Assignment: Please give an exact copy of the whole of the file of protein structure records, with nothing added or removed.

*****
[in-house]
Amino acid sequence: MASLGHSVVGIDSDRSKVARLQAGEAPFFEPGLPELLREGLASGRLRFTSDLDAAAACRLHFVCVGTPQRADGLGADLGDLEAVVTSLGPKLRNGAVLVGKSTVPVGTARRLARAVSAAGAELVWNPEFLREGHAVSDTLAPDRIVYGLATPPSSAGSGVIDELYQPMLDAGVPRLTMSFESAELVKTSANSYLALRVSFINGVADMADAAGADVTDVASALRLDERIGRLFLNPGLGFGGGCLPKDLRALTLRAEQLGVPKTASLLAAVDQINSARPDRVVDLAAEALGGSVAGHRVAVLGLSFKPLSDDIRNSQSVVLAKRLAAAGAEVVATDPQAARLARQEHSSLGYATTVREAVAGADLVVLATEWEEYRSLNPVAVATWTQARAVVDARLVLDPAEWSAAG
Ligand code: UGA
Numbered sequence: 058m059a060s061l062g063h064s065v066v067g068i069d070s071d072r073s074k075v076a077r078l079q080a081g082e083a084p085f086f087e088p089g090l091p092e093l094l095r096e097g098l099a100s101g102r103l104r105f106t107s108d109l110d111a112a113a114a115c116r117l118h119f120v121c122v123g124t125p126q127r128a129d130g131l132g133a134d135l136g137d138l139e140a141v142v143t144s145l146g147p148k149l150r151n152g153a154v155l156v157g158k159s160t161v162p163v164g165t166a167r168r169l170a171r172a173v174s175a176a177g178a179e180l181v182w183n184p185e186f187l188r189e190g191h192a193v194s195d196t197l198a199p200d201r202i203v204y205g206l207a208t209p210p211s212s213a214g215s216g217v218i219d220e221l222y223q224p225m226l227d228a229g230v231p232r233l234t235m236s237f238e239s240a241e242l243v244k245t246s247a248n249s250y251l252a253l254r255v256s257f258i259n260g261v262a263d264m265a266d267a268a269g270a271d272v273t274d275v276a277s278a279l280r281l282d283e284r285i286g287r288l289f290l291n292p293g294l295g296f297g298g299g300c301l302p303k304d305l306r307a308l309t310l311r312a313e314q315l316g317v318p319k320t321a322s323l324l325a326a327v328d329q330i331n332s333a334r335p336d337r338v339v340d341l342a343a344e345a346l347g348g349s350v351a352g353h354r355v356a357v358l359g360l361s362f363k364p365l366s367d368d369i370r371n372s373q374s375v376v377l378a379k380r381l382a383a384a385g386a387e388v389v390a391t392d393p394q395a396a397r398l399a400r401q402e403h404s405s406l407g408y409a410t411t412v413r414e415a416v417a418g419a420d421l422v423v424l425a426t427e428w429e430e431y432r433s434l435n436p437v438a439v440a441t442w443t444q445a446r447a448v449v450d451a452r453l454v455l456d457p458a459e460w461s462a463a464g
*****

[in-house]
Amino acid sequence: MASLGHSVVGIDSDRSKVARLQAGEAPFFEPGLPELLREGLASGRLRFTSDLDAAAACRLHFVCVGTPQRADGLGADLGDLEAVVTSLGPKLRNGAVLVGKSTVPVGTARRLARAVSAAGAELVWNPEFLREGHAVSDTLAPDRIVYGLATPPSSAGSGVIDELYQPMLDAGVPRLTMSFESAELVKTSANSYLALRVSFINGVADMADAAGADVTDVASALRLDERIGRLFLNPGLGFGGGCLPKDLRALTLRAEQLGVPKTASLLAAVDQINSARPDRVVDLAAEALGGSVAGHRVAVLGLSFKPLSDDIRNSQSVVLAKRLAAAGAEVVATDPQAARLARQEHSSLGYATTVREAVAGADLVVLATEWEEYRSLNPVAVATWTQARAVVDARLVLDPAEWSAAG
Ligand code: UGA
Numbered sequence: 058m059a060s061l062g063h064s065v066v067g068i069d070s071d072r073s074k075v076a077r078l079q080a081g082e083a084p085f086f087e088p089g090l091p092e093l094l095r096e097g098l099a100s101g102r103l104r105f106t107s108d109l110d111a112a113a114a115c116r117l118h119f120v121c122v123g124t125p126q127r128a129d130g131l132g133a134d135l136g137d138l139e140a141v142v143t144s145l146g147p148k149l150r151n152g153a154v155l156v157g158k159s160t161v162p163v164g165t166a167r168r169l170a171r172a173v174s175a176a177g178a179e180l181v182w183n184p185e186f187l188r189e190g191h192a193v194s195d196t197l198a199p200d201r202i203v204y205g206l207a208t209p210p211s212s213a214g215s216g217v218i219d220e221l222y223q224p225m226l227d228a229g230v231p232r233l234t235m236s237f238e239s240a241e242l243v244k245t246s247a248n249s250y251l252a253l254r255v256s257f258i259n260g261v262a263d264m265a266d267a268a269g270a271d272v273t274d275v276a277s278a279l280r281l282d283e284r285i286g287r288l289f290l291n292p293g294l295g296f297g298g299g300c301l302p303k304d305l306r307a308l309t310l311r312a313e314q315l316g317v318p319k320t321a322s323l324l325a326a327v328d329q330i331n332s333a334r335p336d337r338v339v340d341l342a343a344e345a346l347g348g349s350v351a352g353h354r355v356a357v358l359g360l361s362f363k364p365l366s367d368d369i370r371n372s373q374s375v376v377l378a379k380r381l382a383a384a385g386a387e388v389v390a391t392d393p394q395a396a397r398l399a400r401q402e403h404s405s406l407g408y409a410t411t412v413r414e415a416v417a418g419a420d421l422v423v424l425a426t427e428w429e430e431y432r433s434l435n436p437v438a439v440a441t442w443t444q445a446r447a448v449v450d451a452r453l454v455l456d457p458a459e460w461s462a463a464g